University move-in days are a dumpster-diver’s dream and a conservationist’s nightmare.
At the start of every semester, students across the nation move in and out of dorms and apartments, leaving behind tons of trash. Piles of mattresses, mini-fridges and old televisions flipped on their sides, along with mounds of cardboard boxes, all crammed into an unforgiving dumpster.
The 21st century has for too long been a throw-away culture, and nothing can predict the future better than monitoring the habits of those who will one day graduate and start families of their own.
All too often we talk about our carbon footprints and global warming, but recycling and reducing the amount of trash we produce seems to remain on the back burner.
Department stores such as Target and Urban Outfitters sell environmentally conscious T-shirts, and all of a sudden it seems as though being aware of our impending doom is just as trendy as the iPhone. There is an irony to be discussed when we start buying to show our awareness for reducing our footprints. That glossy plastic bag that those catchy shirts came in just might be here long after the earth warms and floods us all.
So how can we put this theory into practice? I think it starts with packaging. A new desk comes in a massive cardboard box, with a few pieces of that dreaded Styrofoam and some plastic bags to hold the manual and whatever pieces that will hold the cheaply produced product together.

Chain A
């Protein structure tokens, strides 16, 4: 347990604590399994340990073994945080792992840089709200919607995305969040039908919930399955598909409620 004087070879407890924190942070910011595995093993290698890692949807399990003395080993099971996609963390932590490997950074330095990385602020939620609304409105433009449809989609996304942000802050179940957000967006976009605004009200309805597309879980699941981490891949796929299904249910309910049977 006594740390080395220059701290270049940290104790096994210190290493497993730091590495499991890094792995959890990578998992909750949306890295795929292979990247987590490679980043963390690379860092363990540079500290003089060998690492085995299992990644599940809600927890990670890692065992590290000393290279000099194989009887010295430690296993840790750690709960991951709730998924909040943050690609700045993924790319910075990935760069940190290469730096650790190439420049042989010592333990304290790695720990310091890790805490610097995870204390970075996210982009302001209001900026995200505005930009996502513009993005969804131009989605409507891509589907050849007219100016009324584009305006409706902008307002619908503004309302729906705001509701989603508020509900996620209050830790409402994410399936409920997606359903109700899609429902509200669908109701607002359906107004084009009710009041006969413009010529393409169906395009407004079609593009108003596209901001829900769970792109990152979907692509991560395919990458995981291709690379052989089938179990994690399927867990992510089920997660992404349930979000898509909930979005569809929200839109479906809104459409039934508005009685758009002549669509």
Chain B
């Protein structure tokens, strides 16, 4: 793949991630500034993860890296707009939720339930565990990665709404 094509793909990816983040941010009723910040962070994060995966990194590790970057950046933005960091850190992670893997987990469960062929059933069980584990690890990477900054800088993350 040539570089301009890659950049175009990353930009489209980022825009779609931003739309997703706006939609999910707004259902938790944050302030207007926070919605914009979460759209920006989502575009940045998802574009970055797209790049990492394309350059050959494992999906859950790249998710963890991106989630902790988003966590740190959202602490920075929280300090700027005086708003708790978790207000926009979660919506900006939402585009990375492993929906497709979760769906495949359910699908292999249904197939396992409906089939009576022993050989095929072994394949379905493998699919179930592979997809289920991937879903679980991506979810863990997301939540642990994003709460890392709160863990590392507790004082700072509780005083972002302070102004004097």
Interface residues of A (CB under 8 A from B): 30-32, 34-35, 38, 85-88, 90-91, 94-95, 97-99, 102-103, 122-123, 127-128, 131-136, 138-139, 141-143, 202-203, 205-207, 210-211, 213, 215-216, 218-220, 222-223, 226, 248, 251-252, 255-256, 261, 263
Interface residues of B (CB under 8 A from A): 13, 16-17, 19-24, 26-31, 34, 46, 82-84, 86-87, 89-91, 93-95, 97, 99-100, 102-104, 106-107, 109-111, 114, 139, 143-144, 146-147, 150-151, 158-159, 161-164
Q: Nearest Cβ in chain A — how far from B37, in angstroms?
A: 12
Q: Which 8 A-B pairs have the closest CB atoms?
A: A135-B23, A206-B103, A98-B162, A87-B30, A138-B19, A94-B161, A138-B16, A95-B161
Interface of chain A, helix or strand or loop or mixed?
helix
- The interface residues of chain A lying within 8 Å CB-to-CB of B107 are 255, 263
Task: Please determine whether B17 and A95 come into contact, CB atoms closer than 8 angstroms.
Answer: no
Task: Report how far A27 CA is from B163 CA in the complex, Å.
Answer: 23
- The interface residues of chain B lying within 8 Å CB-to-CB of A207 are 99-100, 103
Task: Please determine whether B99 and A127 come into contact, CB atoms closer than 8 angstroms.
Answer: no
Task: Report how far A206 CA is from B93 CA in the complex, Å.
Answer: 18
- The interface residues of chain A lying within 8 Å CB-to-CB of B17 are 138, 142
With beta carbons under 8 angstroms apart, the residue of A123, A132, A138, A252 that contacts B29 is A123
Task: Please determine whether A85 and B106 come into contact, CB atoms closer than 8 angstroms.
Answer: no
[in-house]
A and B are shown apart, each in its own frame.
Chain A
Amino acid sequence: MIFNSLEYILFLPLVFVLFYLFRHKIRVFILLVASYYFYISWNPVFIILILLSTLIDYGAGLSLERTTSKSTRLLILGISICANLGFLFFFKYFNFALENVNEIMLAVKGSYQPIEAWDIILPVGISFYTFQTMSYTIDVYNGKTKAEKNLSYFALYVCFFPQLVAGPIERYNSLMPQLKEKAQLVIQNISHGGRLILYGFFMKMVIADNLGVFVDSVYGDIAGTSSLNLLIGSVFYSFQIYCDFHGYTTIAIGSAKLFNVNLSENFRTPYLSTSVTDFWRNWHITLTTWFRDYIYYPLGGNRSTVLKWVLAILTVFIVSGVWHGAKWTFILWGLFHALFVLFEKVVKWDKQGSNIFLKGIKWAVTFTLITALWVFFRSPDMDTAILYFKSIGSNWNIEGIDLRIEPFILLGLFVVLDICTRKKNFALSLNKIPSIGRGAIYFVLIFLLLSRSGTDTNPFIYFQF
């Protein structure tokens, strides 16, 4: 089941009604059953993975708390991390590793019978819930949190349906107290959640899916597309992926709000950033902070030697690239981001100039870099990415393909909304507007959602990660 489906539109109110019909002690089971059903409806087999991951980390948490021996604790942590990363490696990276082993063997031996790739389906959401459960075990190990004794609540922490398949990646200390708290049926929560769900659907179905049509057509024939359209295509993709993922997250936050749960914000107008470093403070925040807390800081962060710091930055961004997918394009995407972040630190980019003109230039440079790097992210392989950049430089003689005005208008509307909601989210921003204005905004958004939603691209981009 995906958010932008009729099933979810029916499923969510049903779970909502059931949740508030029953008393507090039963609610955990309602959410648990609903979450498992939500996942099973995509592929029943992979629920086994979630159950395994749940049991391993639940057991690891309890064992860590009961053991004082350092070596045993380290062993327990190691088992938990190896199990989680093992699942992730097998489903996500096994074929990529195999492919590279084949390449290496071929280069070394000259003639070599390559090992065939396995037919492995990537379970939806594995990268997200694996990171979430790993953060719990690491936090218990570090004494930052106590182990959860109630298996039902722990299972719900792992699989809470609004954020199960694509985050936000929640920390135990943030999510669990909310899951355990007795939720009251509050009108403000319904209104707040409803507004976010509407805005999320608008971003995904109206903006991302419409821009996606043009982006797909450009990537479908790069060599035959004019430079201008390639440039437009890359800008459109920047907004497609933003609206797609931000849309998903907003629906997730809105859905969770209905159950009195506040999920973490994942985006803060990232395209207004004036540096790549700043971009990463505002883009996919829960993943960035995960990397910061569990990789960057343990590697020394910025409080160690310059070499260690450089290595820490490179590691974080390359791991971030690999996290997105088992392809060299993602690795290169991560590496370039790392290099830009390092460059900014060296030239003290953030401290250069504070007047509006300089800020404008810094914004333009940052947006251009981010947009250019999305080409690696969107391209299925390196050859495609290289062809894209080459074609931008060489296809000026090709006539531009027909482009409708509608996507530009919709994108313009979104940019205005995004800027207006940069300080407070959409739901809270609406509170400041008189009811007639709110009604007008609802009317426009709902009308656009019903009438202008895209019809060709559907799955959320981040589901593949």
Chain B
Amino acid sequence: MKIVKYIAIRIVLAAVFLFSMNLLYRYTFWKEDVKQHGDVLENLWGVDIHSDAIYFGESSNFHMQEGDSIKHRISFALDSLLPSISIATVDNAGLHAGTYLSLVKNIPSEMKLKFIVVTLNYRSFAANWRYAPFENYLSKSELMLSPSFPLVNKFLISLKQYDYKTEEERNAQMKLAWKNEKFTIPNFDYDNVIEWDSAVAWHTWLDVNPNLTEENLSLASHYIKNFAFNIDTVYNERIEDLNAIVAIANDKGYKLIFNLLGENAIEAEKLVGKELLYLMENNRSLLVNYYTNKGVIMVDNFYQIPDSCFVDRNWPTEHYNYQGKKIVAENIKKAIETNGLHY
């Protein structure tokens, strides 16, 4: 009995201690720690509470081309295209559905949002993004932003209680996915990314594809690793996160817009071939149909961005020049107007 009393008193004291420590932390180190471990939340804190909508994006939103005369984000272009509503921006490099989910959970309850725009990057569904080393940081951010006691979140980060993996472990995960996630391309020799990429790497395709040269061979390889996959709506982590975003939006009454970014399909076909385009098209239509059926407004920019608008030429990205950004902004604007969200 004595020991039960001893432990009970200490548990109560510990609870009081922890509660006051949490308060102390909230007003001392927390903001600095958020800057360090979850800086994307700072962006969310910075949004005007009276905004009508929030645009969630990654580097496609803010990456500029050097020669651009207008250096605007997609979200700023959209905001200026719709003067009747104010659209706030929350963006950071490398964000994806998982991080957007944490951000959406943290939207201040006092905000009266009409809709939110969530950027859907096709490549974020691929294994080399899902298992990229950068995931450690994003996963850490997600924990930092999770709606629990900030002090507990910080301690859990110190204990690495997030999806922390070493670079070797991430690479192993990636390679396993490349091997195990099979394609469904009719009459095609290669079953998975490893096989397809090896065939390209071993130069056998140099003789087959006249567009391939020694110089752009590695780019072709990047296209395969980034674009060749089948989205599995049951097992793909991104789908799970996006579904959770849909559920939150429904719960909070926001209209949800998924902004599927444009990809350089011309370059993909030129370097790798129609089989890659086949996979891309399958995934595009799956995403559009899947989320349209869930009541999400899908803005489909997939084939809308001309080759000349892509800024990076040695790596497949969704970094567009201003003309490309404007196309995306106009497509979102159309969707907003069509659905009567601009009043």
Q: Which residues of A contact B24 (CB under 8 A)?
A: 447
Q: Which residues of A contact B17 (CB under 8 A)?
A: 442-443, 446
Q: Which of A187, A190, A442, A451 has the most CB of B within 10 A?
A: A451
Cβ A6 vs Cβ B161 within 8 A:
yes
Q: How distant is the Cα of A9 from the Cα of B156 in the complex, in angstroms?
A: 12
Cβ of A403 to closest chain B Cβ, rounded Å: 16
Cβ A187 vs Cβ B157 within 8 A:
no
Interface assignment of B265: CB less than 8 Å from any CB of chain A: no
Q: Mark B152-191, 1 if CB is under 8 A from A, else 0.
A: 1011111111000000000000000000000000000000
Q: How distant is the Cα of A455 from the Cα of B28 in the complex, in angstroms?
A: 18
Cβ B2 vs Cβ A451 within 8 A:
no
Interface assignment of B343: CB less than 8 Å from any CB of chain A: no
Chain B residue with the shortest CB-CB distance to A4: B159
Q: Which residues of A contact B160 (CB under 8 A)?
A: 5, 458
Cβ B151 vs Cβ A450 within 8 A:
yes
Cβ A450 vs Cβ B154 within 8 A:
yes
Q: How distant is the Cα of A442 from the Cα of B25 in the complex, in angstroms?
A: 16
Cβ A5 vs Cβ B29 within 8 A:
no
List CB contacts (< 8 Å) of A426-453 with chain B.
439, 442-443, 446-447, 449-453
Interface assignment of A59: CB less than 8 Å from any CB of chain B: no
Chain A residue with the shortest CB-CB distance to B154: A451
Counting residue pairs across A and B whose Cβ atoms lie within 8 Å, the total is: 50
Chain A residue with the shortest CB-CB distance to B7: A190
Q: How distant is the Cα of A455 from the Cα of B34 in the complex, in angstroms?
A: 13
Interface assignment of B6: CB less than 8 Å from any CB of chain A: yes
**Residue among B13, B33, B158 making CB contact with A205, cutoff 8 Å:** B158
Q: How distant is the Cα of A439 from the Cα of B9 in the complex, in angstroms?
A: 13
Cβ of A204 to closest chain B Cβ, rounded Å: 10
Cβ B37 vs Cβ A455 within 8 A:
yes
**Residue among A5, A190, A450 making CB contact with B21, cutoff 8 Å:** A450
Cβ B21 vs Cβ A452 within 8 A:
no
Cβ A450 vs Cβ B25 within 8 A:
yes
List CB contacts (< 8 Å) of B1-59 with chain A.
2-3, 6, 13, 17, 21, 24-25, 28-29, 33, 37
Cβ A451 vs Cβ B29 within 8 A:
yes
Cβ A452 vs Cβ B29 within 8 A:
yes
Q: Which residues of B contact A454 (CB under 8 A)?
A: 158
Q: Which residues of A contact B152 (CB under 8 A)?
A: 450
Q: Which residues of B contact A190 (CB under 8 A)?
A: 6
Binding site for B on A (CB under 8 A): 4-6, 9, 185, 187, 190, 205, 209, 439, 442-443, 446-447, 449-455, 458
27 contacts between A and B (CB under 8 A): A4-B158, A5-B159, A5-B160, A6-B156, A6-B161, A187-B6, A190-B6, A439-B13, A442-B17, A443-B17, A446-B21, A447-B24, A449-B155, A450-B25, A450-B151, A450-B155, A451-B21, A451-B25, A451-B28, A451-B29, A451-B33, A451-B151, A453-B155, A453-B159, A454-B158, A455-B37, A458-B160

Now, move-in day is an incredible hassle, and by the end there is contemplation on whether living out of boxes may be easier than unpacking. But I have to remind those of you who are just now attending USF and those of you who are leaving that there is a better way, and I encourage everyone to take the garbage that will be produced during this year’s move-in and recycle as much as possible.
I can hear the groans and moans as people read this. “You mean take trash, put it into my car and drive it to the University recycling center? You tree-hugger, that’s ridiculous.”
While so often overlooked, plastics, which make up more than 5 percent of the world’s petroleum production, are shipped by trucks that are powered by petroleum and are produced by machines that use (drumroll please) PETROLEUM!
Almost everything we consume in life can be connected to oil, and packaging may be one of the largest and most disregarded of the bunch. But it doesn’t stop there. Plastics don’t break down like organic matter such as paper bags. Without something to compost it, the plastics we throw away will be buried in the earth’s crust for thousands of years unless we start to take a stand now. So recycle and donate unneeded belongings to a thrift store. We all know the old adage about one man’s trash.
Take the boxes, break them down and recycle them. And all of those water bottles that were slaughtered after trips up and down the stairs carrying boxes: recycle them too. Most Publix Supermarkets have a bin to recycle old plastic bags, so save and take them with you the next time you buy groceries.
As for “old” appliances or pieces of furniture that will be rendered useless at a new dwelling, find out if a friend would like it, or better yet, donate it to a Salvation Army. Throwing out televisions, printers and mini-fridges that still run properly is not only an incredible waste, it is an environmental hazard. The elements of televisions and computers must be recycled and disposed of properly or they will contaminate our landfills for years to come. Check with the Hillsborough County waste management to find out when the next biohazard drop-off will be and dispose of it then.
It’s elementary, really. If people use those three magical words – reduce, reuse and recycle – that were burned into our brains throughout our childhood, we can decrease our oil consumption and reduce the amount of trash being dumped into the ground.